As the world continues to come to grips with this pervasive new pandemic, many prominent people in the entertainment industry are stepping up to lead by example. Some are offering free online entertainment for people sheltering in place. Others are writing big checks to help benefit people, organizations, and businesses that are struggling.
Singer, James Taylor, recently donated one million dollars to Massachusetts General Hospital in Boston to give the medical staff what they need to continue to fight against the spread of the virus and to help those already infected. The donation was made without strings, giving the hospital directors discretion on how the funds can best be invested. In a statement, the hospital said the funds would be a big help with purchasing new supplies and equipment, finding new space for additional patients, and funding research to stop the spread of the disease.
Speaking about their gift, Taylor, who was born at Massachusetts General, where his father served as chief resident, said all New Englanders look to MGH as “their” hospital. “This is especially true with the threat coming from a new and insidious virus. We want to be part of this fight…”
Meanwhile a group of Broadway producers are organizing an effort to offer relief to actors and employees out of work due to the closure of all shows. From dollar-for-dollar donation challenges to directly encouraging each other to get involved in the effort, many producers have stepped up and called on their colleagues to do the same. The COVID-19 Emergency Assistance Fund, as well as the Actor’s Equity Union’s Emergency Curtain Up Fund, will both be available to help struggling actors and industry workers staying home because of the virus.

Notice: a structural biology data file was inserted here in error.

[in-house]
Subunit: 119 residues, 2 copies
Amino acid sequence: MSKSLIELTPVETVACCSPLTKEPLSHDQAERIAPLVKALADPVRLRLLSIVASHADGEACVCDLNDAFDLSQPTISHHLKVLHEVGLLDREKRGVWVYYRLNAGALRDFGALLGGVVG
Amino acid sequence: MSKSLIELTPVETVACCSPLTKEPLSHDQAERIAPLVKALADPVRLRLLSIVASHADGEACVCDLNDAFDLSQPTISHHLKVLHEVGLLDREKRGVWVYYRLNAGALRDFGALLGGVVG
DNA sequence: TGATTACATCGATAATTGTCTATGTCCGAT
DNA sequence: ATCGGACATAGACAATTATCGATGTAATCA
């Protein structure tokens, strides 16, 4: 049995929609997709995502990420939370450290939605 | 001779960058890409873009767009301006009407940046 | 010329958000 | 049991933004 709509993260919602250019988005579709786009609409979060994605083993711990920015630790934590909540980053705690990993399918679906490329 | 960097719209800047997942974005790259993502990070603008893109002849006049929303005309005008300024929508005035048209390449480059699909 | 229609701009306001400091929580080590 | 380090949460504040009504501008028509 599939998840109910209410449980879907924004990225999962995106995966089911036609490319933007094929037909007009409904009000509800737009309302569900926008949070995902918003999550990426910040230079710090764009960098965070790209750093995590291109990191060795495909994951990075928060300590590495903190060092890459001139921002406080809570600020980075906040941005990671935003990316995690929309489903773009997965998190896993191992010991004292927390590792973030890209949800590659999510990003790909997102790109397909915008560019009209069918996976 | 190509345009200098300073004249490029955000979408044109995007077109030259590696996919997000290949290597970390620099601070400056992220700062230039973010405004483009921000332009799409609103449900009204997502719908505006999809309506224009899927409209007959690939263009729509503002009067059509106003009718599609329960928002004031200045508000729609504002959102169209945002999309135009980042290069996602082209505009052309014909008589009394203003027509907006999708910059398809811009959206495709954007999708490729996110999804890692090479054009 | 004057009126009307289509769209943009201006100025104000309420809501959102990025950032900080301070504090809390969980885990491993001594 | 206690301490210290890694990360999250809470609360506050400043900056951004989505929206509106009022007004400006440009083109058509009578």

The Atlanta Opera has stepped up in a very different way. The company’s wardrobe and costume department has come together to create face masks and other PPR (protective clothing) to be used in metro-area hospitals that are running low on supplies. Instead of stage outfits, the company will be manufacturing masks, sheets, and other textiles medical professionals can use to treat sick patients. When asked about their plan, a spokesman said, they just wanted to do their part: “The idea was to bring together the incredible skill of our people and the equipment we have to manufacture garments that are much needed for the medical community… It’s a very simple idea.”
Simple, perhaps, but a good one that can, and is, being emulated. In many other cases, entertainment groups, large and small, have taken the show online, offering free concerts or playing for tips just to put smiles on quarantined faces.
The big lesson here? Be ready, willing, and able to adjust, to shift from one plan into another, change the campaign, the approach, the entire structure of the message delivery, because change will come, and it might be something no one is ready for.